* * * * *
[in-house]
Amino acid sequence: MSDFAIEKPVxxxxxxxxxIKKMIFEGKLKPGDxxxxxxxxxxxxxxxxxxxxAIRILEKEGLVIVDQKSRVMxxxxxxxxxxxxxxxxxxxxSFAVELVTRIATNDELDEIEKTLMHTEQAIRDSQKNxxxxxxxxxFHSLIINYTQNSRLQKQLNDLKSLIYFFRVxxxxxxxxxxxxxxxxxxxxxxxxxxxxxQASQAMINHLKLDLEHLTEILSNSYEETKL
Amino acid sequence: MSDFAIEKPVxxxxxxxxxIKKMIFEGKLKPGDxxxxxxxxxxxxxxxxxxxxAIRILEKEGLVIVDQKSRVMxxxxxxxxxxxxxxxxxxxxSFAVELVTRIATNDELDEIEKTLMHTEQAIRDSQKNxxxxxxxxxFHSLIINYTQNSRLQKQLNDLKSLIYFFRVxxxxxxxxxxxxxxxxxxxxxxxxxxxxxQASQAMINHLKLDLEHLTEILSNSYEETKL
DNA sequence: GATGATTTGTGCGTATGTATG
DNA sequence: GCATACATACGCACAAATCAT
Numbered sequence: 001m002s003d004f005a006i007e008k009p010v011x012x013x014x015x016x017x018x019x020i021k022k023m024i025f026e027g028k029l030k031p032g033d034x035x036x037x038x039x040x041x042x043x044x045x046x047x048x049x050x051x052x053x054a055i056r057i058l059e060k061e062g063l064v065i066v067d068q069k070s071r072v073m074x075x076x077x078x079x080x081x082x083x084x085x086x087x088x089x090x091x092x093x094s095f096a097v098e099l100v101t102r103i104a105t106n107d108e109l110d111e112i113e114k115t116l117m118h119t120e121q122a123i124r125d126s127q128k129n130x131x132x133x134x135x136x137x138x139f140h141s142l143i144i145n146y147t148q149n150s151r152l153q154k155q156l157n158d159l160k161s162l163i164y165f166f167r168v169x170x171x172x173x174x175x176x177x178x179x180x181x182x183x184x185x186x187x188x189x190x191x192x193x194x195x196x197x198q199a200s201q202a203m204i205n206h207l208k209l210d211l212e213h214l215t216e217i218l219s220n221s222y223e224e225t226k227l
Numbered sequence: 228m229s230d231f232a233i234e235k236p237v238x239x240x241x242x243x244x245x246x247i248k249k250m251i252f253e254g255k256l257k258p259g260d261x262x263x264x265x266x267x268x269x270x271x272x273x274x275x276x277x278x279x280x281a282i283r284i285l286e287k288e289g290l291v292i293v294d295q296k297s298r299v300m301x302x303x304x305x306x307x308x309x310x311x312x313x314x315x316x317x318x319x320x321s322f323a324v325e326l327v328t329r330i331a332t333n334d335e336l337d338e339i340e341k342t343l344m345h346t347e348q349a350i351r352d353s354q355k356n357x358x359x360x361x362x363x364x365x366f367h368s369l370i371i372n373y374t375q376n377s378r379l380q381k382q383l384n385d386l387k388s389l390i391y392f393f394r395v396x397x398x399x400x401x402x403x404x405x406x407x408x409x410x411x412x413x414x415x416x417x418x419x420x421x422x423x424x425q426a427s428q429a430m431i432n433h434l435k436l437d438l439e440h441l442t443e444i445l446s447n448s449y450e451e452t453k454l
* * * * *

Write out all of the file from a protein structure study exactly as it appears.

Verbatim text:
[in-house]
Amino acid sequence: MSDFAIEKPVxxxxxxxxxIKKMIFEGKLKPGDxxxxxxxxxxxxxxxxxxxxAIRILEKEGLVIVDQKSRVMxxxxxxxxxxxxxxxxxxxxSFAVELVTRIATNDELDEIEKTLMHTEQAIRDSQKNxxxxxxxxxFHSLIINYTQNSRLQKQLNDLKSLIYFFRVxxxxxxxxxxxxxxxxxxxxxxxxxxxxxQASQAMINHLKLDLEHLTEILSNSYEETKL
Amino acid sequence: MSDFAIEKPVxxxxxxxxxIKKMIFEGKLKPGDxxxxxxxxxxxxxxxxxxxxAIRILEKEGLVIVDQKSRVMxxxxxxxxxxxxxxxxxxxxSFAVELVTRIATNDELDEIEKTLMHTEQAIRDSQKNxxxxxxxxxFHSLIINYTQNSRLQKQLNDLKSLIYFFRVxxxxxxxxxxxxxxxxxxxxxxxxxxxxxQASQAMINHLKLDLEHLTEILSNSYEETKL
DNA sequence: GATGATTTGTGCGTATGTATG
DNA sequence: GCATACATACGCACAAATCAT
Numbered sequence: 001m002s003d004f005a006i007e008k009p010v011x012x013x014x015x016x017x018x019x020i021k022k023m024i025f026e027g028k029l030k031p032g033d034x035x036x037x038x039x040x041x042x043x044x045x046x047x048x049x050x051x052x053x054a055i056r057i058l059e060k061e062g063l064v065i066v067d068q069k070s071r072v073m074x075x076x077x078x079x080x081x082x083x084x085x086x087x088x089x090x091x092x093x094s095f096a097v098e099l100v101t102r103i104a105t106n107d108e109l110d111e112i113e114k115t116l117m118h119t120e121q122a123i124r125d126s127q128k129n130x131x132x133x134x135x136x137x138x139f140h141s142l143i144i145n146y147t148q149n150s151r152l153q154k155q156l157n158d159l160k161s162l163i164y165f166f167r168v169x170x171x172x173x174x175x176x177x178x179x180x181x182x183x184x185x186x187x188x189x190x191x192x193x194x195x196x197x198q199a200s201q202a203m204i205n206h207l208k209l210d211l212e213h214l215t216e217i218l219s220n221s222y223e224e225t226k227l
Numbered sequence: 228m229s230d231f232a233i234e235k236p237v238x239x240x241x242x243x244x245x246x247i248k249k250m251i252f253e254g255k256l257k258p259g260d261x262x263x264x265x266x267x268x269x270x271x272x273x274x275x276x277x278x279x280x281a282i283r284i285l286e287k288e289g290l291v292i293v294d295q296k297s298r299v300m301x302x303x304x305x306x307x308x309x310x311x312x313x314x315x316x317x318x319x320x321s322f323a324v325e326l327v328t329r330i331a332t333n334d335e336l337d338e339i340e341k342t343l344m345h346t347e348q349a350i351r352d353s354q355k356n357x358x359x360x361x362x363x364x365x366f367h368s369l370i371i372n373y374t375q376n377s378r379l380q381k382q383l384n385d386l387k388s389l390i391y392f393f394r395v396x397x398x399x400x401x402x403x404x405x406x407x408x409x410x411x412x413x414x415x416x417x418x419x420x421x422x423x424x425q426a427s428q429a430m431i432n433h434l435k436l437d438l439e440h441l442t443e444i445l446s447n448s449y450e451e452t453k454l